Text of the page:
The key to understanding all these graces is Mary’s role as the New Eve, which the Fathers proclaimed so forcefully. Because she is the New Eve, she, like the New Adam, is born immaculate, just as the First Adam and Eve were created immaculate. Because she is New Eve, she is mother of the new mankind (Christians), just as the first Eve was the mother of first mankind (the children of Adam). And, because she is the New Eve, she shares the fate of the New Adam. The First Adam and Eve died and went to dust; the New Adam and Eve were physically raised to heaven.
Of particular interest in the following quotations from the Fathers are those that speak of Mary’s immaculate nature. We all one day will be rendered immaculate (sinless), but Mary, as the prototypical Christian, received this grace early. God granted it to make her a fitting mother for his Son.
Before the terms "original sin" and "immaculate conception" were even coined, early passages imply the doctrines. Many works mention that Mary gave birth to Jesus without pain. Pain in childbearing is part of the penalty of original sin (Gen. 3:16). Thus, Mary could not have been under that penalty. By God’s grace, she was immaculate in anticipation of her Son’s redeeming death on the cross. The Church therefore describes Mary as "the most excellent fruit of redemption" (CCC 508).
The Ascension of Isaiah
"[T]he report concerning the child was noised abroad in Bethlehem. Some said, ‘The Virgin Mary has given birth before she was married two months.’ And many said, ‘She has not given birth; the midwife has not gone up to her, and we heard no cries of pain’" (Ascension of Isaiah 11 [A.D. 70]).
The Odes of Solomon
"So the Virgin became a mother with great mercies. And she labored and bore the Son, but without pain, because it did not occur without purpose. And she did not seek a midwife, because he caused her to give life. She bore as a strong man, with will. . . . " (Odes of Solomon 19 [A.D. 80]).
"[Jesus] became man by the Virgin so that the course which was taken by disobedience in the beginning through the agency of the serpent might be also the very course by which it would be put down. Eve, a virgin and undefiled, conceived the word of the serpent and bore disobedience and death. But the Virgin Mary received faith and joy when the angel Gabriel announced to her the glad tidings that the Spirit of the Lord would come upon her and the power of the Most High would overshadow her, for which reason the Holy One being born of her is the Son of God. And she replied, ‘Be it done unto me according to your word’ [Luke 1:38]" (Dialogue with Trypho the Jew 100 [A.D. 155]).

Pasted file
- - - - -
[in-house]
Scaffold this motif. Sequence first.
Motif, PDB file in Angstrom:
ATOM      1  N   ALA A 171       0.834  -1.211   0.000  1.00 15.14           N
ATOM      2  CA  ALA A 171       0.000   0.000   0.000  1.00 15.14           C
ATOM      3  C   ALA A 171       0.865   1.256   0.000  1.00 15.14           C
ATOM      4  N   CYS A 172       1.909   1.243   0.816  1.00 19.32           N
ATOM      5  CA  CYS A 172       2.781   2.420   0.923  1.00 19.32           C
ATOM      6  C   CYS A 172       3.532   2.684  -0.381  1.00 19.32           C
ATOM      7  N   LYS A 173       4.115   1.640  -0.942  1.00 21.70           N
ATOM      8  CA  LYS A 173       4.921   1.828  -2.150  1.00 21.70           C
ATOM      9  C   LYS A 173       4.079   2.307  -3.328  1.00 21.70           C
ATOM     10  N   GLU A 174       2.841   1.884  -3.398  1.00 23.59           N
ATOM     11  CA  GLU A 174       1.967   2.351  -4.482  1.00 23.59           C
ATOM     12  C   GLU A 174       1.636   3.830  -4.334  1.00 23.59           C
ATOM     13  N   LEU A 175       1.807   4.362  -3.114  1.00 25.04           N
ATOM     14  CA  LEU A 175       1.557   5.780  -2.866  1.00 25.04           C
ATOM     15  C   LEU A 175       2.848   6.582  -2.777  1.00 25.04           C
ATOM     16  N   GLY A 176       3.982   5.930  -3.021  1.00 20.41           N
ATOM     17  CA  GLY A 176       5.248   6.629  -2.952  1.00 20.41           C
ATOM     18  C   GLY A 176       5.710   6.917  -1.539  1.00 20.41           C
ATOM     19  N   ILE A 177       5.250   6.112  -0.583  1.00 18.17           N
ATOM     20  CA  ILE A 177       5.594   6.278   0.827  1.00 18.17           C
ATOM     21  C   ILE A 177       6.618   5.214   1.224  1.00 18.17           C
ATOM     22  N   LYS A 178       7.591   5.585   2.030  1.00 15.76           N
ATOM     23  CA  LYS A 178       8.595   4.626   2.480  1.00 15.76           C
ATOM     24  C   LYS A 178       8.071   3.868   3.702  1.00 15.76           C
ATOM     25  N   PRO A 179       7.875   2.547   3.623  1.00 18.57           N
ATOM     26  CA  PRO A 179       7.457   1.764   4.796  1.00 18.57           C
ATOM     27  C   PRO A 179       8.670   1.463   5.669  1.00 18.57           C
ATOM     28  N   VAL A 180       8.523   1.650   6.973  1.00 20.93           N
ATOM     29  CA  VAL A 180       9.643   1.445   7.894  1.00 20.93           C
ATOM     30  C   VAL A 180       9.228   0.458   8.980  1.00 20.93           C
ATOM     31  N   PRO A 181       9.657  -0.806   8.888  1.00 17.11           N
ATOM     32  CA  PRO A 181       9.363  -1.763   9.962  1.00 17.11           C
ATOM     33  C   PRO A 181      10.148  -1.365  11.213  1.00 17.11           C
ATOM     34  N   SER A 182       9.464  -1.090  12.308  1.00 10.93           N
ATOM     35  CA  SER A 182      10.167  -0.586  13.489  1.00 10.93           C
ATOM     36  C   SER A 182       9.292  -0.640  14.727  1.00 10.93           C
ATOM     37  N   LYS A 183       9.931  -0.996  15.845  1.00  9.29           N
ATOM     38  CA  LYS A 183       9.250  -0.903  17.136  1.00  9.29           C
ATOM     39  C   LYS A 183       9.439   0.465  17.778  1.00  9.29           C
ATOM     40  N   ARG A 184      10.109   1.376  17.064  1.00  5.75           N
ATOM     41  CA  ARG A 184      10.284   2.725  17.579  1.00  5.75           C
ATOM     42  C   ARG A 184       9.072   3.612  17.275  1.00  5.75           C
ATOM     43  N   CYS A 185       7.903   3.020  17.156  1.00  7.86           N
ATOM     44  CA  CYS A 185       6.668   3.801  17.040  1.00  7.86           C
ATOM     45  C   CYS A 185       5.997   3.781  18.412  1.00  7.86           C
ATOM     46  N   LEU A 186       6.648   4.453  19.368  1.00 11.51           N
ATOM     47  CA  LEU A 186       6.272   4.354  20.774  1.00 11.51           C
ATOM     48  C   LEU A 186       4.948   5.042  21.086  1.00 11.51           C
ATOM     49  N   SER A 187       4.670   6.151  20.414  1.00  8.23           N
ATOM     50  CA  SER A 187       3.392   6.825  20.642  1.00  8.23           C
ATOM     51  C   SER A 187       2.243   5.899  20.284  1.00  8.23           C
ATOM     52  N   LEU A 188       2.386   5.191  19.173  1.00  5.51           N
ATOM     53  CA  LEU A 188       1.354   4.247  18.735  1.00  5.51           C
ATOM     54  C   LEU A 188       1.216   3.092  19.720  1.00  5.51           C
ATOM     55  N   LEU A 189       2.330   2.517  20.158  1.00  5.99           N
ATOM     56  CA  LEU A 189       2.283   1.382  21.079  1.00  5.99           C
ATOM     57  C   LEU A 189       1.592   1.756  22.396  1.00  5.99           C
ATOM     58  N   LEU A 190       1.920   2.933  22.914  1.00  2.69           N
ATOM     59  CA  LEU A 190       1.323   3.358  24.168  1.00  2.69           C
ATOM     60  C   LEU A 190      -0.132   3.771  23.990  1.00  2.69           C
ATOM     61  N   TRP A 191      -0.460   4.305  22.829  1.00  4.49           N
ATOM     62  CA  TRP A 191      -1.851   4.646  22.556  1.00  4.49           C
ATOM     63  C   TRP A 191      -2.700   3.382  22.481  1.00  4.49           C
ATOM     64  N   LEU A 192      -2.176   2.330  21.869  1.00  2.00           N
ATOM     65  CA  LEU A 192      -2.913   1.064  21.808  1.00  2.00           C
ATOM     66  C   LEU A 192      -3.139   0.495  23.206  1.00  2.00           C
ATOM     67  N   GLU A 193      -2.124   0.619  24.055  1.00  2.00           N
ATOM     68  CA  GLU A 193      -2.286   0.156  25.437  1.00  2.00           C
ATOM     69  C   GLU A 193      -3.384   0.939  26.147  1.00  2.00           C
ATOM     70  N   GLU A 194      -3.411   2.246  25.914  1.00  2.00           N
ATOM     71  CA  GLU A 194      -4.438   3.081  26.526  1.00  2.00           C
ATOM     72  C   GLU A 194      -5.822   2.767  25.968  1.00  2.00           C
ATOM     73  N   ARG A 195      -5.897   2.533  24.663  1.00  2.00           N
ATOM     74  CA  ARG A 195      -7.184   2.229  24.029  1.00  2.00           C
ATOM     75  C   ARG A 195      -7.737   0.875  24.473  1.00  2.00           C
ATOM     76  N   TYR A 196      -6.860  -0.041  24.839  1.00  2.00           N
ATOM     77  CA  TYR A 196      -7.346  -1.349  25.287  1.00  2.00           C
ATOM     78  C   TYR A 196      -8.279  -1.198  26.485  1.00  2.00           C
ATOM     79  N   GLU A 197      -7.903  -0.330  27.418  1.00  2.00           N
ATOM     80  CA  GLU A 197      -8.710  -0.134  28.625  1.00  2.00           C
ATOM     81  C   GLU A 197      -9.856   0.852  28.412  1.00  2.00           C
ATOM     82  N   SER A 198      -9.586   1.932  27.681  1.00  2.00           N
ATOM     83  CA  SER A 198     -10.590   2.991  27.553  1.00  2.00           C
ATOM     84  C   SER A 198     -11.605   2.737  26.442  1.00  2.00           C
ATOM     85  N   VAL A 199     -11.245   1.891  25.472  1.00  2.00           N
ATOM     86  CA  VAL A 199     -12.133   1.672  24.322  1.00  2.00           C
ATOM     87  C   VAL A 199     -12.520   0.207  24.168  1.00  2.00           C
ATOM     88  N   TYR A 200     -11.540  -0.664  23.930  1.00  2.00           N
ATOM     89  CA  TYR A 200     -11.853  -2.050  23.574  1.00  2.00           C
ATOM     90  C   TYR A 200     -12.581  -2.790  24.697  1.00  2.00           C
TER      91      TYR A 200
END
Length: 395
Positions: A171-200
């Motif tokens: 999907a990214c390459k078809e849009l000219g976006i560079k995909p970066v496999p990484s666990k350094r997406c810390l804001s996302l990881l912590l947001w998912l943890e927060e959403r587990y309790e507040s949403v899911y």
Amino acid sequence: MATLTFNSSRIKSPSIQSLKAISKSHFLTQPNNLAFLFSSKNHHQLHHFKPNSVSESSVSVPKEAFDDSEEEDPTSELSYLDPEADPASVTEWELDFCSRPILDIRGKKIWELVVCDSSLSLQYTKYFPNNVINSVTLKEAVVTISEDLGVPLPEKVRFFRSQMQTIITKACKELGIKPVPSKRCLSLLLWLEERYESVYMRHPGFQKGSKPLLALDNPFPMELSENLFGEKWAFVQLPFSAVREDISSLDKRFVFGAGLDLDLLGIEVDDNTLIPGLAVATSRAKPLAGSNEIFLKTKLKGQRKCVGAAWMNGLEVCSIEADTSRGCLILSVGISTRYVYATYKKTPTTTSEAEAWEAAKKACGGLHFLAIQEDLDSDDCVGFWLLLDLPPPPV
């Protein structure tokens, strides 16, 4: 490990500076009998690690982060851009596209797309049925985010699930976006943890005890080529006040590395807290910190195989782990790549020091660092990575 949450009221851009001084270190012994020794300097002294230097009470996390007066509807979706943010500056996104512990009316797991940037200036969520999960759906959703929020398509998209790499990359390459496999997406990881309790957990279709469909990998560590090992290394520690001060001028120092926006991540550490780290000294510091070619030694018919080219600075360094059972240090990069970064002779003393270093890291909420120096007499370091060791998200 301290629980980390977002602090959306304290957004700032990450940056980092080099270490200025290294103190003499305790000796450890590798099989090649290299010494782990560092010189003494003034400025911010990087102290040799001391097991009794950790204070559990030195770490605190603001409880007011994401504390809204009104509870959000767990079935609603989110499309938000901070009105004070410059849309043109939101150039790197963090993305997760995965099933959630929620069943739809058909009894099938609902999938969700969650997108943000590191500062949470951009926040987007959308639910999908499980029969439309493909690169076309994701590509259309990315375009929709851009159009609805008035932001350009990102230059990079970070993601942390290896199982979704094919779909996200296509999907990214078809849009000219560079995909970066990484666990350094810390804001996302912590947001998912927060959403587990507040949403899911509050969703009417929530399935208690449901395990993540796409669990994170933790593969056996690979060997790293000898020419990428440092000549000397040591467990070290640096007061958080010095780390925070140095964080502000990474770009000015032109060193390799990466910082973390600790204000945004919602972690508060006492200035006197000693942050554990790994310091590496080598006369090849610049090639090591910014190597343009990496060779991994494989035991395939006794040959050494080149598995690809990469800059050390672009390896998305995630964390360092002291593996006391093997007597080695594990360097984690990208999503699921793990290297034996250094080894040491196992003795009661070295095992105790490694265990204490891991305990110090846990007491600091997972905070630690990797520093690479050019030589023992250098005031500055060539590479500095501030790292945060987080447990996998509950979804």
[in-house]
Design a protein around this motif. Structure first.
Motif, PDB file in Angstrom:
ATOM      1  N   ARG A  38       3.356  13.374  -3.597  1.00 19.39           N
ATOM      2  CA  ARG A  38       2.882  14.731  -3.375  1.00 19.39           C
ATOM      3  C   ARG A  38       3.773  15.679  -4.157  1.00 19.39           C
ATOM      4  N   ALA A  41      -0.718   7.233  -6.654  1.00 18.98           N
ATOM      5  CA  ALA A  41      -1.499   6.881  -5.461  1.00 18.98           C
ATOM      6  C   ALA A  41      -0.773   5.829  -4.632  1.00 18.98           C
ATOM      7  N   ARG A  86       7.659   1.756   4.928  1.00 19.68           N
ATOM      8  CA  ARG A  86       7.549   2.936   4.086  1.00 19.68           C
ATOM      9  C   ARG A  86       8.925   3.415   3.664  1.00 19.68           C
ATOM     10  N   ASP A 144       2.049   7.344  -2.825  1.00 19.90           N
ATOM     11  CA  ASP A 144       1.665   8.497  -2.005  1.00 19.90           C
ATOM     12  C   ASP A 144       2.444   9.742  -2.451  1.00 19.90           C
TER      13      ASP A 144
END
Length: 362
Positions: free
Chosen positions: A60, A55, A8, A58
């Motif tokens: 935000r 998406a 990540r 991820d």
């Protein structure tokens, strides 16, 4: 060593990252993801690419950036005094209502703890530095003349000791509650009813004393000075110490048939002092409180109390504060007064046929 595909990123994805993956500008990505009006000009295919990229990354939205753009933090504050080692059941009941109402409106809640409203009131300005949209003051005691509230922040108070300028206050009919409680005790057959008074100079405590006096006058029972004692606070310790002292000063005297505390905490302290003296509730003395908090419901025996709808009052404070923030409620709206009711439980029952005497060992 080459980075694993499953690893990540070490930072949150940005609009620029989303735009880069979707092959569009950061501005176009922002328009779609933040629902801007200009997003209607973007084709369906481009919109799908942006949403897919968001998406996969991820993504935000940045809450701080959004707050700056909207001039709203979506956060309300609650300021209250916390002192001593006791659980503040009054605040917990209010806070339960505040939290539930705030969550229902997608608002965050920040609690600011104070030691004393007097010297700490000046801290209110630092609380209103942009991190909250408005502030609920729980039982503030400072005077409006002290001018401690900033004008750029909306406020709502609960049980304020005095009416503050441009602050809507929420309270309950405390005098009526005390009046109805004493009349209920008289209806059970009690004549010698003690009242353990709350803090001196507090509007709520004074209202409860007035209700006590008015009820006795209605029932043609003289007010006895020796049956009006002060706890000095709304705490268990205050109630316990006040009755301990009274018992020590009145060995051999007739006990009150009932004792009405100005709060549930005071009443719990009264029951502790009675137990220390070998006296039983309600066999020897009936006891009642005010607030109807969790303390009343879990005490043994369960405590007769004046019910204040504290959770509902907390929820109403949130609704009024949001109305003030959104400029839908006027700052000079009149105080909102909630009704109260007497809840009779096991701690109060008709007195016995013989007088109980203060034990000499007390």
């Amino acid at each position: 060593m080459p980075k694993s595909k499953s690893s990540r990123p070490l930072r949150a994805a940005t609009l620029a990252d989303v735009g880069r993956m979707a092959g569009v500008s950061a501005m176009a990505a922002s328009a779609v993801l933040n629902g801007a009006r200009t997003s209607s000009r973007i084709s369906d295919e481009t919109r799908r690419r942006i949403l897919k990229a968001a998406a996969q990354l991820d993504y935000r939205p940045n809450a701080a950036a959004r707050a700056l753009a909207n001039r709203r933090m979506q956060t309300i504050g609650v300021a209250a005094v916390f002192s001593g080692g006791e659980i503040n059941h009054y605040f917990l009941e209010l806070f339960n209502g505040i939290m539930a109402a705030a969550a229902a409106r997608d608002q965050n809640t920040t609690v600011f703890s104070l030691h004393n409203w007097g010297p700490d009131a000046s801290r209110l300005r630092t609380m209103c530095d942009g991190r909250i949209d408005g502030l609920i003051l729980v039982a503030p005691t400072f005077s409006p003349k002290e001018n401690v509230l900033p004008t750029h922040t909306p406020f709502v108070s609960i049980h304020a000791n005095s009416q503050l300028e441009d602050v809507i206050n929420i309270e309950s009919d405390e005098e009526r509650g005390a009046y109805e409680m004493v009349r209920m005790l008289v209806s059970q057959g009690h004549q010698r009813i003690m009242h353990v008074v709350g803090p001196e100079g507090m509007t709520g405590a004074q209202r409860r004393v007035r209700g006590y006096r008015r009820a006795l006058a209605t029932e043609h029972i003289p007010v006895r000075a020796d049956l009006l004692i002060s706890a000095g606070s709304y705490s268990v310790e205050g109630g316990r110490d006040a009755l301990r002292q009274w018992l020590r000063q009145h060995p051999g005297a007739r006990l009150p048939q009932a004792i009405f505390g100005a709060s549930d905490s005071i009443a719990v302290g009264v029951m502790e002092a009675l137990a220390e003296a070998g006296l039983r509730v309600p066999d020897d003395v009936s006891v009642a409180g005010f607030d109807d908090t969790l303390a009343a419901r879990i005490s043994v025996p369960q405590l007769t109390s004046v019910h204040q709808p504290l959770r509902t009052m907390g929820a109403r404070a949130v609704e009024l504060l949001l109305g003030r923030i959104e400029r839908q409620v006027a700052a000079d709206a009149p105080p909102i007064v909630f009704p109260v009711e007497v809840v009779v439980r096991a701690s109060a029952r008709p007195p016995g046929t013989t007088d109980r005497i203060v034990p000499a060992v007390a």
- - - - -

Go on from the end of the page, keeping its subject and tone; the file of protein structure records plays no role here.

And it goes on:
"Consequently, then, Mary the Virgin is found to be obedient, saying, ‘Behold, O Lord, your handmaid; be it done to me according to your word.’ Eve, however, was disobedient, and, when yet a virgin, she did not obey. Just as she, who was then still a virgin although she had Adam for a husband—for in paradise they were both naked but were not ashamed; for, having been created only a short time, they had no understanding of the procreation of children, and it was necessary that they first come to maturity before beginning to multiply—having become disobedient, was made the cause of death for herself and for the whole human race; so also Mary, betrothed to a man but nevertheless still a virgin, being obedient, was made the cause of salvation for herself and for the whole human race. . . . Thus, the knot of Eve’s disobedience was loosed by the obedience of Mary. What the virgin Eve had bound in unbelief, the Virgin Mary loosed through faith" (Against Heresies 3:22:24 [A.D. 189]).
"And again, lest I depart from my argumentation on the name of Adam: Why is Christ called Adam by the apostle, if as man he was not of that earthly origin? But even reason defends this conclusion, that God recovered his image and likeness by a procedure similar to that in which he had been robbed of it by the devil. It was while Eve was still a virgin that the word of the devil crept in to erect an edifice of death. Likewise through a Virgin the Word of God was introduced to set up a structure of life. Thus what had been laid waste in ruin by this sex was by the same sex reestablished in salvation. Eve had believed the serpent; Mary believed Gabriel. That which the one destroyed by believing, the other, by believing, set straight" (The Flesh of Christ 17:4 [A.D. 210].